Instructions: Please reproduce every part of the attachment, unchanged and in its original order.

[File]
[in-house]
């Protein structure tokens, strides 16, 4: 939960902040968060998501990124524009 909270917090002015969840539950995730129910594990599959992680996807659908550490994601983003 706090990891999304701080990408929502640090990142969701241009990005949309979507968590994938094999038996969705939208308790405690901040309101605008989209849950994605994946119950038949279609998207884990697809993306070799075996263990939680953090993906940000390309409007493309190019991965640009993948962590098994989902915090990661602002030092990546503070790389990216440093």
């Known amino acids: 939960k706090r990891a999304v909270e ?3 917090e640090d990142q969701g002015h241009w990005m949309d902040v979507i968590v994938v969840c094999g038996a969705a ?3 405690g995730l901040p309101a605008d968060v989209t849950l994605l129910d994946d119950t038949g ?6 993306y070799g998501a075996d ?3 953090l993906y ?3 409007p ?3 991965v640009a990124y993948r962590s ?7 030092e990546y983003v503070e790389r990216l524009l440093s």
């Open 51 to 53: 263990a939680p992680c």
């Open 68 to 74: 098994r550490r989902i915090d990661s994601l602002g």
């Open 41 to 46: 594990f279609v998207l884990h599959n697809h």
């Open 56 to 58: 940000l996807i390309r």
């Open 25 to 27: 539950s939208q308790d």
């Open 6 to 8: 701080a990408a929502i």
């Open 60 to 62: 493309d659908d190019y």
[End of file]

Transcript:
[in-house]
């Protein structure tokens, strides 16, 4: 939960902040968060998501990124524009 909270917090002015969840539950995730129910594990599959992680996807659908550490994601983003 706090990891999304701080990408929502640090990142969701241009990005949309979507968590994938094999038996969705939208308790405690901040309101605008989209849950994605994946119950038949279609998207884990697809993306070799075996263990939680953090993906940000390309409007493309190019991965640009993948962590098994989902915090990661602002030092990546503070790389990216440093």
């Known amino acids: 939960k706090r990891a999304v909270e ?3 917090e640090d990142q969701g002015h241009w990005m949309d902040v979507i968590v994938v969840c094999g038996a969705a ?3 405690g995730l901040p309101a605008d968060v989209t849950l994605l129910d994946d119950t038949g ?6 993306y070799g998501a075996d ?3 953090l993906y ?3 409007p ?3 991965v640009a990124y993948r962590s ?7 030092e990546y983003v503070e790389r990216l524009l440093s």
């Open 51 to 53: 263990a939680p992680c």
């Open 68 to 74: 098994r550490r989902i915090d990661s994601l602002g």
């Open 41 to 46: 594990f279609v998207l884990h599959n697809h």
């Open 56 to 58: 940000l996807i390309r």
């Open 25 to 27: 539950s939208q308790d």
């Open 6 to 8: 701080a990408a929502i």
């Open 60 to 62: 493309d659908d190019y």